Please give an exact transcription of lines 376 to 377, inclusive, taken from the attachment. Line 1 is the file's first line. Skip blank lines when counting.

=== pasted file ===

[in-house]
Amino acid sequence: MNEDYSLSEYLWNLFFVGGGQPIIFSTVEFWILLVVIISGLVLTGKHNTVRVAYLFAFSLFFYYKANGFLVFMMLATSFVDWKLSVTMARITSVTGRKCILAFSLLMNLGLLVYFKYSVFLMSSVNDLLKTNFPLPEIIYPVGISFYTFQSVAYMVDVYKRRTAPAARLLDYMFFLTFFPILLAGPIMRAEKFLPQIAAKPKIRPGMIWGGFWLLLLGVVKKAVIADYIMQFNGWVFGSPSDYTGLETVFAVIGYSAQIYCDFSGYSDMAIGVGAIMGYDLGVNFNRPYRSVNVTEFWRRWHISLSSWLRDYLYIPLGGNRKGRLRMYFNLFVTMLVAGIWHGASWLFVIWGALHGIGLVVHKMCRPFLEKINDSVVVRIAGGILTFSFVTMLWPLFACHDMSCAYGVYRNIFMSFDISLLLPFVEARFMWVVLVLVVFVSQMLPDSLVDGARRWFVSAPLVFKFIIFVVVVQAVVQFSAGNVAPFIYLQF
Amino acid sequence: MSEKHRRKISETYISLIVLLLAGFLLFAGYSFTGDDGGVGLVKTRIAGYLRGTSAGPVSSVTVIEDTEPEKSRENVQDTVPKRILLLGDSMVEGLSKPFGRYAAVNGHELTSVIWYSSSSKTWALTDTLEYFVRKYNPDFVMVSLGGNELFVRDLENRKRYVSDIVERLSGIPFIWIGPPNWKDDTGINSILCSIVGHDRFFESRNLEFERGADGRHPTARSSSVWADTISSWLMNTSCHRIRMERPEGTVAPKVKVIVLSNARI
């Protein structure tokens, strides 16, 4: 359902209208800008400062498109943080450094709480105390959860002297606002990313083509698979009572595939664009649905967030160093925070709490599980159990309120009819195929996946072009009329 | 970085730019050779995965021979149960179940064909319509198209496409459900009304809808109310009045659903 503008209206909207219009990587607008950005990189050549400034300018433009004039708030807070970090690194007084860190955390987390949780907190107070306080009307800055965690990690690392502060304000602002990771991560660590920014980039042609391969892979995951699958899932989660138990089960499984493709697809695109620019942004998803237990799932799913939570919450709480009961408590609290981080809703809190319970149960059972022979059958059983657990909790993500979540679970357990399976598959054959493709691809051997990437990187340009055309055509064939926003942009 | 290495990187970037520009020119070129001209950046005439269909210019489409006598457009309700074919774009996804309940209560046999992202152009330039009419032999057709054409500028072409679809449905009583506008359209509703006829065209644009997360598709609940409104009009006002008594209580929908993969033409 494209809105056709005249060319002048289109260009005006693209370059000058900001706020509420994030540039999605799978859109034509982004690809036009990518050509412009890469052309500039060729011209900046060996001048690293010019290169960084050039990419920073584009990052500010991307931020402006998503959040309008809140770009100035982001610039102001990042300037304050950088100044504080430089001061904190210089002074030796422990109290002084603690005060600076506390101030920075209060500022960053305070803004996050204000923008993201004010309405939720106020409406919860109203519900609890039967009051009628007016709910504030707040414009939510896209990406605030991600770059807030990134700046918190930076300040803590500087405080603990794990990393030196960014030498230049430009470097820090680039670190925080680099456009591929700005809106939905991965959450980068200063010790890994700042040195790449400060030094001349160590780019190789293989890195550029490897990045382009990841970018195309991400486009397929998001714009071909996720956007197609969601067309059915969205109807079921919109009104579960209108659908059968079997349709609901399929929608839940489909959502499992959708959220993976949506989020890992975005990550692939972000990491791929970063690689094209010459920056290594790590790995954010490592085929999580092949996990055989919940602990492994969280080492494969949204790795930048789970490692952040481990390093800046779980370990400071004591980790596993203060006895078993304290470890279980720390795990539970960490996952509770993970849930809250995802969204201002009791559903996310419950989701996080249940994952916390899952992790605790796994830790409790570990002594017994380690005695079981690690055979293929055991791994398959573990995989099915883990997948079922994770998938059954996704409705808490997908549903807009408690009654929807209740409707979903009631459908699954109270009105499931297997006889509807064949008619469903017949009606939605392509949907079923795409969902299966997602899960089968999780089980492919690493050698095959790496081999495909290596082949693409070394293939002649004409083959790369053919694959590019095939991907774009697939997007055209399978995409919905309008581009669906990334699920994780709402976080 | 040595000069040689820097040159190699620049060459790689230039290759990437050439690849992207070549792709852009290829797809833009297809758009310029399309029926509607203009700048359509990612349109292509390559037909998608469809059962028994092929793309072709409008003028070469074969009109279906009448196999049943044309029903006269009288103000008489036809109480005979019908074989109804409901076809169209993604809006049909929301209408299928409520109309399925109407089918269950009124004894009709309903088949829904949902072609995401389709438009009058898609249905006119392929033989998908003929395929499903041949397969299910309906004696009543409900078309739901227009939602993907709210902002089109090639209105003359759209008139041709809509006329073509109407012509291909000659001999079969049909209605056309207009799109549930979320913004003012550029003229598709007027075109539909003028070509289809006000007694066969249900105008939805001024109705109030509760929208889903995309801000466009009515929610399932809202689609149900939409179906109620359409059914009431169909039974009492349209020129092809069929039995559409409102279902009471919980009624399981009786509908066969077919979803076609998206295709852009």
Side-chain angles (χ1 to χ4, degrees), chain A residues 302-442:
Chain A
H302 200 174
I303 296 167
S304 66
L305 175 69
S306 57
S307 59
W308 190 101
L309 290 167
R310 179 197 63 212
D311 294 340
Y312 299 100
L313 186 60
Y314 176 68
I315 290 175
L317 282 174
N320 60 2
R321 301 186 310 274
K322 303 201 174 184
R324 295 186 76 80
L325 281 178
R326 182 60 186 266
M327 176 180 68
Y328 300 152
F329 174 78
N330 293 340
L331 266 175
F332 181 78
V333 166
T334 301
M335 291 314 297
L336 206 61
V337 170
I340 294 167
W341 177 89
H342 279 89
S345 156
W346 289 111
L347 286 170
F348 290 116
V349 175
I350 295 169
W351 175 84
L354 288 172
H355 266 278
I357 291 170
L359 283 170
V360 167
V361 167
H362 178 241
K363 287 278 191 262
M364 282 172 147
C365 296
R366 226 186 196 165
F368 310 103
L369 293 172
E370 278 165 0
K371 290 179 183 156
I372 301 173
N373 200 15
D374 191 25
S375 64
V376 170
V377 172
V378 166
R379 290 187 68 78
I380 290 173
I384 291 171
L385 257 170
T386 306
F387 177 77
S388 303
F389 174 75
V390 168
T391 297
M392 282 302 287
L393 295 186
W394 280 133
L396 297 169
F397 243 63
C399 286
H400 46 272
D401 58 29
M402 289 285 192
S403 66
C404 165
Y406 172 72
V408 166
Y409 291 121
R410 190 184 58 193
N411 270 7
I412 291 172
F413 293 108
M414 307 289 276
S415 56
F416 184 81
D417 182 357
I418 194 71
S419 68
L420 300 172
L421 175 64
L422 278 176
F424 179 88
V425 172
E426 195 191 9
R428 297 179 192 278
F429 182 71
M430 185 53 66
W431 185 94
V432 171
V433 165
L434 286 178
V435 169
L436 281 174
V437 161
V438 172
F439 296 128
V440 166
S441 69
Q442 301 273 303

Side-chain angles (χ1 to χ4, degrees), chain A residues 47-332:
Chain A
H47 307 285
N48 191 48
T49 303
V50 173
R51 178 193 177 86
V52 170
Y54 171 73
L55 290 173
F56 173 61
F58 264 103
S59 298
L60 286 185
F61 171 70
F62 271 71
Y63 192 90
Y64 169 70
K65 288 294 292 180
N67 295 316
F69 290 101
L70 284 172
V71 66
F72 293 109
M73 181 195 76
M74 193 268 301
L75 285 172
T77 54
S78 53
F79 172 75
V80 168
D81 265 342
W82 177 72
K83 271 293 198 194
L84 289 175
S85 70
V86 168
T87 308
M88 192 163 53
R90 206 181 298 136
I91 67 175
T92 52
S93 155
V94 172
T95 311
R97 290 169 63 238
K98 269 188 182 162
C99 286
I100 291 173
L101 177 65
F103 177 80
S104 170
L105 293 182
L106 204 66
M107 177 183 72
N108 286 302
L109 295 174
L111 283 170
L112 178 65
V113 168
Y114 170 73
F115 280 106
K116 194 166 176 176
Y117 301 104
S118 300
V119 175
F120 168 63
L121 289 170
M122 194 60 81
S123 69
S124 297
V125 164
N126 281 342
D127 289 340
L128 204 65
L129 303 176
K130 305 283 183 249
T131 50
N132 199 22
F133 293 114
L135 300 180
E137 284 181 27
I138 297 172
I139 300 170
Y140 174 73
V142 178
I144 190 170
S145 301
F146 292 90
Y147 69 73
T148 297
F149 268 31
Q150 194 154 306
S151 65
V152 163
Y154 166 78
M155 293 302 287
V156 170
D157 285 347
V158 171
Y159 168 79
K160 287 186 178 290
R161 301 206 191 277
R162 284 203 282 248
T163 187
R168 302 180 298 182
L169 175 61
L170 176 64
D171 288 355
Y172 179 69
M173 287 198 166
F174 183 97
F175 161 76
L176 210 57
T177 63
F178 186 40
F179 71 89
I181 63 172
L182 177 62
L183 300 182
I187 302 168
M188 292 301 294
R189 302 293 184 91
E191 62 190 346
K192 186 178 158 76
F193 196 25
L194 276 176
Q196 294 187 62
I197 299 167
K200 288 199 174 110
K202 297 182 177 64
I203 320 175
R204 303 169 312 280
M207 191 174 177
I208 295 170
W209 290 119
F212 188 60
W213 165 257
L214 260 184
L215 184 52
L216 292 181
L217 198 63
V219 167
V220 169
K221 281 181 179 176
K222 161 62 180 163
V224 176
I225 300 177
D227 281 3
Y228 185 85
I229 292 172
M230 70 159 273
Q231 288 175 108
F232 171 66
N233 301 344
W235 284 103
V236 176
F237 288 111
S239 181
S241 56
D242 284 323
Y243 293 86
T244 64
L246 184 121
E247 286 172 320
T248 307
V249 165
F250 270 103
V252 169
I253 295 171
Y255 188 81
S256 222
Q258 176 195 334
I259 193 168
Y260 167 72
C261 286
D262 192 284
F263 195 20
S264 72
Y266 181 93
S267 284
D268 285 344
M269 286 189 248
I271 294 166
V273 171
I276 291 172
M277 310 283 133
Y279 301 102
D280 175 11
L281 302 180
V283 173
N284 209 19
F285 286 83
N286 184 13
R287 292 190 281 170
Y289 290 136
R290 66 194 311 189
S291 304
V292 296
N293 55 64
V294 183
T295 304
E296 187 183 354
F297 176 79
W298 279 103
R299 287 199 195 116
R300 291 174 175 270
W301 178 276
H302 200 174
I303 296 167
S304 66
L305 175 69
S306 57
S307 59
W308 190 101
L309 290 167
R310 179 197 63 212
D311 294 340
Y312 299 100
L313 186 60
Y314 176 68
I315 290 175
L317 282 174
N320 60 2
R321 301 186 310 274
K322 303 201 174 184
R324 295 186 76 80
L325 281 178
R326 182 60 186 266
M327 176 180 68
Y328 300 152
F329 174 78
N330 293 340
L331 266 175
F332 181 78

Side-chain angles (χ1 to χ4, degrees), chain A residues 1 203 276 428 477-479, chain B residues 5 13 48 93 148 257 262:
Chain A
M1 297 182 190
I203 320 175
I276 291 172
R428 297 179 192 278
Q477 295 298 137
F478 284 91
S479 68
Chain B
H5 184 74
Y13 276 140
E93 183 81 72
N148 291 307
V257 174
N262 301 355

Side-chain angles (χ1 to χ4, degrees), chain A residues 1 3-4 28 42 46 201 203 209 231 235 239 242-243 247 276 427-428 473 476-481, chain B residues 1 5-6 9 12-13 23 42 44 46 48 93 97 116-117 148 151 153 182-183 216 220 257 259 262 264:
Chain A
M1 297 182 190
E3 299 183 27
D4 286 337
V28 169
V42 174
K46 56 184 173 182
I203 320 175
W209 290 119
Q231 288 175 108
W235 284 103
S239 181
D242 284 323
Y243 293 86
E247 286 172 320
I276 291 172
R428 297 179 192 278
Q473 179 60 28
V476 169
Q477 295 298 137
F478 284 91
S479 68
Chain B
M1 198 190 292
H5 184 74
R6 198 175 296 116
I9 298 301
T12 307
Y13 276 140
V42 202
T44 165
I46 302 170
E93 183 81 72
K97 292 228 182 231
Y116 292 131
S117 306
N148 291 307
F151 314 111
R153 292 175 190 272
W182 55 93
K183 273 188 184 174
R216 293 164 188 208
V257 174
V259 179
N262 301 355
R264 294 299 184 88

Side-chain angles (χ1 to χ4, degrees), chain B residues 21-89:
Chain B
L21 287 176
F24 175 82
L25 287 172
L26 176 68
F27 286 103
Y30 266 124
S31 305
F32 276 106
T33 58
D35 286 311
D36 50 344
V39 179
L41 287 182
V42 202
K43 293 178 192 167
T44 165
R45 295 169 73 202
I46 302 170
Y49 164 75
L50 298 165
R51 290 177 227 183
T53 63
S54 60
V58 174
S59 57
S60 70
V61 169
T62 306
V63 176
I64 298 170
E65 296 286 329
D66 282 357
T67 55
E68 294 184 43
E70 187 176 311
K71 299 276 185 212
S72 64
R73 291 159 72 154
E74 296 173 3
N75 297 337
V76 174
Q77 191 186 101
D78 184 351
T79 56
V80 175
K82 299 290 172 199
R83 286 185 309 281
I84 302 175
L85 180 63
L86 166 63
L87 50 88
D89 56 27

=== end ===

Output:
N262 301 355

Side-chain angles (χ1 to χ4, degrees), chain A residues 1 3-4 28 42 46 201 203 209 231 235 239 242-243 247 276 427-428 473 476-481, chain B residues 1 5-6 9 12-13 23 42 44 46 48 93 97 116-117 148 151 153 182-183 216 220 257 259 262 264: